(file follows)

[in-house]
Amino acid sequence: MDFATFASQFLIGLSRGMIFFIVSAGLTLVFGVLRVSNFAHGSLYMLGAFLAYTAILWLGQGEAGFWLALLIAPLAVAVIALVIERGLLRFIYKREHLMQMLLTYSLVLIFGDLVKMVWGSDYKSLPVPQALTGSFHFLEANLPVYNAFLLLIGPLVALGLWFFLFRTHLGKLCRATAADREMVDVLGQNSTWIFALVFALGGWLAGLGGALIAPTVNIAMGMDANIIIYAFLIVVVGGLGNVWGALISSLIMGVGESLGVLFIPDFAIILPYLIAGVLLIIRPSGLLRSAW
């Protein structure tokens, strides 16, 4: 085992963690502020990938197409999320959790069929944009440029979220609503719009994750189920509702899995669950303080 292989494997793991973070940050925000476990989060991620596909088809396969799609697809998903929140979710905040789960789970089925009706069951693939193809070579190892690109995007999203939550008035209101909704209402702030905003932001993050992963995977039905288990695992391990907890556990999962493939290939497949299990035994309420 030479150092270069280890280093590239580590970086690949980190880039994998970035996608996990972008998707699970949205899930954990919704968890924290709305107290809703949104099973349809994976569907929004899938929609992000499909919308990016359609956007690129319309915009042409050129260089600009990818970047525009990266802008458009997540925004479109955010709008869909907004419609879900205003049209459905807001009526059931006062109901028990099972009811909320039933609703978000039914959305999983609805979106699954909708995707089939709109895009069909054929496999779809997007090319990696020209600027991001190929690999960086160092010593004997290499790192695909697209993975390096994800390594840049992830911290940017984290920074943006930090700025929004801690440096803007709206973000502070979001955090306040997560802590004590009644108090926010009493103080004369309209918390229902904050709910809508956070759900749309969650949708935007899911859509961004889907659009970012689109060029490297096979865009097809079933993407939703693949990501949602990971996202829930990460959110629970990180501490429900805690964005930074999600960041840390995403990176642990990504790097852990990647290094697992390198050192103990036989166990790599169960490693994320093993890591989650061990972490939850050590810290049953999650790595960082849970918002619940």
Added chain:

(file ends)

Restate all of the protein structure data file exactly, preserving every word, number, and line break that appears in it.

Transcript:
[in-house]
Amino acid sequence: MDFATFASQFLIGLSRGMIFFIVSAGLTLVFGVLRVSNFAHGSLYMLGAFLAYTAILWLGQGEAGFWLALLIAPLAVAVIALVIERGLLRFIYKREHLMQMLLTYSLVLIFGDLVKMVWGSDYKSLPVPQALTGSFHFLEANLPVYNAFLLLIGPLVALGLWFFLFRTHLGKLCRATAADREMVDVLGQNSTWIFALVFALGGWLAGLGGALIAPTVNIAMGMDANIIIYAFLIVVVGGLGNVWGALISSLIMGVGESLGVLFIPDFAIILPYLIAGVLLIIRPSGLLRSAW
């Protein structure tokens, strides 16, 4: 085992963690502020990938197409999320959790069929944009440029979220609503719009994750189920509702899995669950303080 292989494997793991973070940050925000476990989060991620596909088809396969799609697809998903929140979710905040789960789970089925009706069951693939193809070579190892690109995007999203939550008035209101909704209402702030905003932001993050992963995977039905288990695992391990907890556990999962493939290939497949299990035994309420 030479150092270069280890280093590239580590970086690949980190880039994998970035996608996990972008998707699970949205899930954990919704968890924290709305107290809703949104099973349809994976569907929004899938929609992000499909919308990016359609956007690129319309915009042409050129260089600009990818970047525009990266802008458009997540925004479109955010709008869909907004419609879900205003049209459905807001009526059931006062109901028990099972009811909320039933609703978000039914959305999983609805979106699954909708995707089939709109895009069909054929496999779809997007090319990696020209600027991001190929690999960086160092010593004997290499790192695909697209993975390096994800390594840049992830911290940017984290920074943006930090700025929004801690440096803007709206973000502070979001955090306040997560802590004590009644108090926010009493103080004369309209918390229902904050709910809508956070759900749309969650949708935007899911859509961004889907659009970012689109060029490297096979865009097809079933993407939703693949990501949602990971996202829930990460959110629970990180501490429900805690964005930074999600960041840390995403990176642990990504790097852990990647290094697992390198050192103990036989166990790599169960490693994320093993890591989650061990972490939850050590810290049953999650790595960082849970918002619940």
Added chain: